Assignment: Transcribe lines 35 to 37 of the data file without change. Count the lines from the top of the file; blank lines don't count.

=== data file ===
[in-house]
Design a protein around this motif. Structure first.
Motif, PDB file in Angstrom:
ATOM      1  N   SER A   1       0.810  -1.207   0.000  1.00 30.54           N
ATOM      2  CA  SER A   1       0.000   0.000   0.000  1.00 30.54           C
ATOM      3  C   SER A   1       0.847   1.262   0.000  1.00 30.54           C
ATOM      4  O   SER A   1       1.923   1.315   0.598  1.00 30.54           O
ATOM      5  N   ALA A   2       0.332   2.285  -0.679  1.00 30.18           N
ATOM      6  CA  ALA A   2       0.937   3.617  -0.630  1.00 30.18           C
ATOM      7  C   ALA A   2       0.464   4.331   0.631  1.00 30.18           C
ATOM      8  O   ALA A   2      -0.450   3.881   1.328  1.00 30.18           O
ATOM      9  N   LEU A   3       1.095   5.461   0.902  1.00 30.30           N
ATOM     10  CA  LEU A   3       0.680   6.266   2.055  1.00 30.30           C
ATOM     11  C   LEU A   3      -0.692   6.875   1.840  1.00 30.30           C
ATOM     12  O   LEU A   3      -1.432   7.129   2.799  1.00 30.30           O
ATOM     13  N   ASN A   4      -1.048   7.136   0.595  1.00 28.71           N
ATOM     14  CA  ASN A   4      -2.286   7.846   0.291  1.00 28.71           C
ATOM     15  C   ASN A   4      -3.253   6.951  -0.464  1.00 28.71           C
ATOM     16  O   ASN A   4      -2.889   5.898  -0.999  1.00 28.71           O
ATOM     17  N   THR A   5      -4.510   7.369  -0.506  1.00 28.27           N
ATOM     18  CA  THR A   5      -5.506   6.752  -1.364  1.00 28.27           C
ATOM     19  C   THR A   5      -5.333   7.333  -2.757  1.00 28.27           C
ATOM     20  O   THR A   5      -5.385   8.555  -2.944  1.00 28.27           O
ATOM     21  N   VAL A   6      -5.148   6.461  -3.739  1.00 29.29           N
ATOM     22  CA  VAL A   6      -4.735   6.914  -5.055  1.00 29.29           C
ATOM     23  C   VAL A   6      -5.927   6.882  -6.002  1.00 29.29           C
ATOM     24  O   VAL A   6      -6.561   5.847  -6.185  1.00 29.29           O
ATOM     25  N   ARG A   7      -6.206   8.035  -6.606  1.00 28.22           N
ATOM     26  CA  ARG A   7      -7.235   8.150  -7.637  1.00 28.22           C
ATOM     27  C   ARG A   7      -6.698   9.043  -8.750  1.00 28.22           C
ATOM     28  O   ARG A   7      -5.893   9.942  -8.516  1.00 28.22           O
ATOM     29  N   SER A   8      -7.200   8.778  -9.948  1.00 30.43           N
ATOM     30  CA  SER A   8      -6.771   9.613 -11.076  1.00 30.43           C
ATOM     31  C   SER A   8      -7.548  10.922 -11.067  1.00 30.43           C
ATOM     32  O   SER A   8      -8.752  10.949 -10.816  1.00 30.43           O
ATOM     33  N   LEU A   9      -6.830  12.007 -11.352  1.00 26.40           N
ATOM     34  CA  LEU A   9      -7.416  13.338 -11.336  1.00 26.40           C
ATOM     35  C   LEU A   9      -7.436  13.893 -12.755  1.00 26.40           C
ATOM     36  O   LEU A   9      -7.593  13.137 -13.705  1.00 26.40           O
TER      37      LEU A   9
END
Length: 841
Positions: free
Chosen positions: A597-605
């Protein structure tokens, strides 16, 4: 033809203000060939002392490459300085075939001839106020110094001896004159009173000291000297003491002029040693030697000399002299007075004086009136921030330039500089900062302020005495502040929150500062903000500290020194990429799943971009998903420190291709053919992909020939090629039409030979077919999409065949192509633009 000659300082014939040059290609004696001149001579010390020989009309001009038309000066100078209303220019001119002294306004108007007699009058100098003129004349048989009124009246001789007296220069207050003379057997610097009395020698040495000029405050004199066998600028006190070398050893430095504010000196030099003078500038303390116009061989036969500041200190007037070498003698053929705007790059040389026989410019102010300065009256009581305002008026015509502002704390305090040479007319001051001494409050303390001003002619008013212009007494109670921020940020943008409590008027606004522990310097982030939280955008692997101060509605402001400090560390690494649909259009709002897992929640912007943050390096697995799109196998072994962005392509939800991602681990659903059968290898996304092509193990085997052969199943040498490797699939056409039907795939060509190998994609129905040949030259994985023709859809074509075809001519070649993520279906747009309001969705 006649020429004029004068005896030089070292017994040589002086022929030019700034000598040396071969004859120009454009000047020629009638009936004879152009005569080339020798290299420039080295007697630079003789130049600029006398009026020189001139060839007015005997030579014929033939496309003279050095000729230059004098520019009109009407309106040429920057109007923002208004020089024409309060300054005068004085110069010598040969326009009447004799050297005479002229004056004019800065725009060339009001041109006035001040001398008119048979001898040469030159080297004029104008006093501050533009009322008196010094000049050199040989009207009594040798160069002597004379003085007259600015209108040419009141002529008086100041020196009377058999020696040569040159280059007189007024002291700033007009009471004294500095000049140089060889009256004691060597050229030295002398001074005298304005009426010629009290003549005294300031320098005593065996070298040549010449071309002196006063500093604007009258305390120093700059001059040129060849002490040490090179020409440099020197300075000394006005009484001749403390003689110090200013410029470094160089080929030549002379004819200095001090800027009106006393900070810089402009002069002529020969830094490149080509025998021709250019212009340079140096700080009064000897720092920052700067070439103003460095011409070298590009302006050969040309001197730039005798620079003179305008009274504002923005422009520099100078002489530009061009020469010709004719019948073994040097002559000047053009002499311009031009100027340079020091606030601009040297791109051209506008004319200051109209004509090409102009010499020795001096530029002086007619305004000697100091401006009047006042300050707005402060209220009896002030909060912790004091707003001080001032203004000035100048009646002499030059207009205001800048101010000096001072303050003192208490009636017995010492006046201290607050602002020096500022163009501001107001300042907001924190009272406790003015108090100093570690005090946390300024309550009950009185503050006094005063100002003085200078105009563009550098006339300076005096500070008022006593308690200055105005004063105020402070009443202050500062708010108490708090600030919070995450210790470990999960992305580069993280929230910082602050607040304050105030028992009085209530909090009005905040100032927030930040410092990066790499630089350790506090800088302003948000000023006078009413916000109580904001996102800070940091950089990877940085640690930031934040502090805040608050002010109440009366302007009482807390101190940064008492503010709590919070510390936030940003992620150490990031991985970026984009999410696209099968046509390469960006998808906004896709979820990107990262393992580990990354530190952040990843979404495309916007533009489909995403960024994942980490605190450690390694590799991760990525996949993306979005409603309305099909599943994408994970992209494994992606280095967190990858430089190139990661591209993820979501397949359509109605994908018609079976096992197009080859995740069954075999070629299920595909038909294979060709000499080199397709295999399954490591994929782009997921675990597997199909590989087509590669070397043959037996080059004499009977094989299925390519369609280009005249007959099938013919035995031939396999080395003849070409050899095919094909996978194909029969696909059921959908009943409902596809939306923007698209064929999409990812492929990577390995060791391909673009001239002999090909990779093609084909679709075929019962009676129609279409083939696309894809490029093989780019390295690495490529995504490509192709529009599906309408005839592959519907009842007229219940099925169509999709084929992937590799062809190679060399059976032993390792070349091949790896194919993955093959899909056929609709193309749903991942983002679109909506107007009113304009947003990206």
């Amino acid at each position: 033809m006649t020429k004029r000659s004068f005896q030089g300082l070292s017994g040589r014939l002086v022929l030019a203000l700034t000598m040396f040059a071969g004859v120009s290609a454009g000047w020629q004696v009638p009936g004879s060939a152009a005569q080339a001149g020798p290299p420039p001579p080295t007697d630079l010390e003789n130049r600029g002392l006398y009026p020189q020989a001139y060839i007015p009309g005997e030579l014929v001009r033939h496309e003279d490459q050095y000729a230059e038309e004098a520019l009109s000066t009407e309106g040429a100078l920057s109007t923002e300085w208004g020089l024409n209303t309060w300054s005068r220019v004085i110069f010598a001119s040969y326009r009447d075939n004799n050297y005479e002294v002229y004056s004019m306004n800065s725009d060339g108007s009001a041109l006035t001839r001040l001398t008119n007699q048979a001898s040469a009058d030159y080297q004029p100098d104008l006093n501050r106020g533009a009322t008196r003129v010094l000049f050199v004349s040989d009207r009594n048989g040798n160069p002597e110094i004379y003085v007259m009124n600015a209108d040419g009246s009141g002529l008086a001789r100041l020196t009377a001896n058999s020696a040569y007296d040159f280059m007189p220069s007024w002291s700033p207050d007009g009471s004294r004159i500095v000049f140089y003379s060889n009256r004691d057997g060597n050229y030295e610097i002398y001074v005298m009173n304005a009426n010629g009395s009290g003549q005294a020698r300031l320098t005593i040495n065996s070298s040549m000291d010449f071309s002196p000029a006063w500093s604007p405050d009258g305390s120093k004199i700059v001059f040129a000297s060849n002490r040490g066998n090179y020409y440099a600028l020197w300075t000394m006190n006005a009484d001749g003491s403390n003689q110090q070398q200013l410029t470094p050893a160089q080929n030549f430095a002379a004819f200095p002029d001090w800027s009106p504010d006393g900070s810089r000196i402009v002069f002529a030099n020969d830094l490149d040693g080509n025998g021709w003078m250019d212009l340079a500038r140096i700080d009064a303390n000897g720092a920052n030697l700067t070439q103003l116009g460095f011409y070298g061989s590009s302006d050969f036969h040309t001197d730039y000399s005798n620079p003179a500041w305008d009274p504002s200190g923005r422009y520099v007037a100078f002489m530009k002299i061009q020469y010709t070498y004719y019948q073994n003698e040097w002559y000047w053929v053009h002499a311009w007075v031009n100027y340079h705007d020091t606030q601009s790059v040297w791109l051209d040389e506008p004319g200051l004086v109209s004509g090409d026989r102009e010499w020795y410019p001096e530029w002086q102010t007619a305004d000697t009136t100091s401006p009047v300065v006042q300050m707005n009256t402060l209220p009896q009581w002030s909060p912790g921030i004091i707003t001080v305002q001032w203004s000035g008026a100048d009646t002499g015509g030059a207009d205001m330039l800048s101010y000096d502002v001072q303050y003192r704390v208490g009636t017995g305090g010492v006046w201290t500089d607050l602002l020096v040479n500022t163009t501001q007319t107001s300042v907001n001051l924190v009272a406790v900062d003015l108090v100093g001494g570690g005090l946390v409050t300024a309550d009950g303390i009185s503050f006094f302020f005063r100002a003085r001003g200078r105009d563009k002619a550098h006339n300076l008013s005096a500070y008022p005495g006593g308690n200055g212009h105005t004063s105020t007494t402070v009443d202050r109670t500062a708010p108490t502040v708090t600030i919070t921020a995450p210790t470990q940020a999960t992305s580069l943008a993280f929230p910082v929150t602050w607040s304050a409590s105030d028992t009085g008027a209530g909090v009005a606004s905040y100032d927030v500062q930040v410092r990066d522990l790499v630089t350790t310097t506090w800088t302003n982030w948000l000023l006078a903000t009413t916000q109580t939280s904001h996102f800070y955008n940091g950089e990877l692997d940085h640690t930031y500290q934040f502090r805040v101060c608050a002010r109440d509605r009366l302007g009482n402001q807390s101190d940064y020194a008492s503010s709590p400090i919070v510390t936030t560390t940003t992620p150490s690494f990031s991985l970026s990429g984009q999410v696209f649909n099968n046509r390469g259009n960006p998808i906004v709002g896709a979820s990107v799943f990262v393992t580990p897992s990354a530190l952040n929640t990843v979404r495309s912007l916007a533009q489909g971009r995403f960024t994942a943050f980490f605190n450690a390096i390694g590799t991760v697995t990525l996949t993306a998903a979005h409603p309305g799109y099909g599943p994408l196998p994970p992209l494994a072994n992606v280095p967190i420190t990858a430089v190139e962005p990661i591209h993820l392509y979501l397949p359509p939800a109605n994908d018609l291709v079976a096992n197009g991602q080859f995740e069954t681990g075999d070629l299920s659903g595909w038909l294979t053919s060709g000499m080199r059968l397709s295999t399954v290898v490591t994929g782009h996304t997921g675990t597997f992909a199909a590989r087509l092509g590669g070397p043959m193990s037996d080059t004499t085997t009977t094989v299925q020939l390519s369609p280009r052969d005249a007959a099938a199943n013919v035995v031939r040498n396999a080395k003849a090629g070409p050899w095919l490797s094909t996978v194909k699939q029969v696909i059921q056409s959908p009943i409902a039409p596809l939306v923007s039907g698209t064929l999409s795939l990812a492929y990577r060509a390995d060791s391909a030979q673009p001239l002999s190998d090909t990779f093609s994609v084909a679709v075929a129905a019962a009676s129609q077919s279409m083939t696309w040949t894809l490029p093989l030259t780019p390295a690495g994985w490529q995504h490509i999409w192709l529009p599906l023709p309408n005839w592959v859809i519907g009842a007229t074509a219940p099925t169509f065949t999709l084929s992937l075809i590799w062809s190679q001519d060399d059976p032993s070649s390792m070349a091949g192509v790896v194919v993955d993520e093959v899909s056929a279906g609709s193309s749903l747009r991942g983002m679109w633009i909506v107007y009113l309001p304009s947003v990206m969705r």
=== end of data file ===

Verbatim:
ATOM     32  O   SER A   8      -8.752  10.949 -10.816  1.00 30.43           O
ATOM     33  N   LEU A   9      -6.830  12.007 -11.352  1.00 26.40           N
ATOM     34  CA  LEU A   9      -7.416  13.338 -11.336  1.00 26.40           C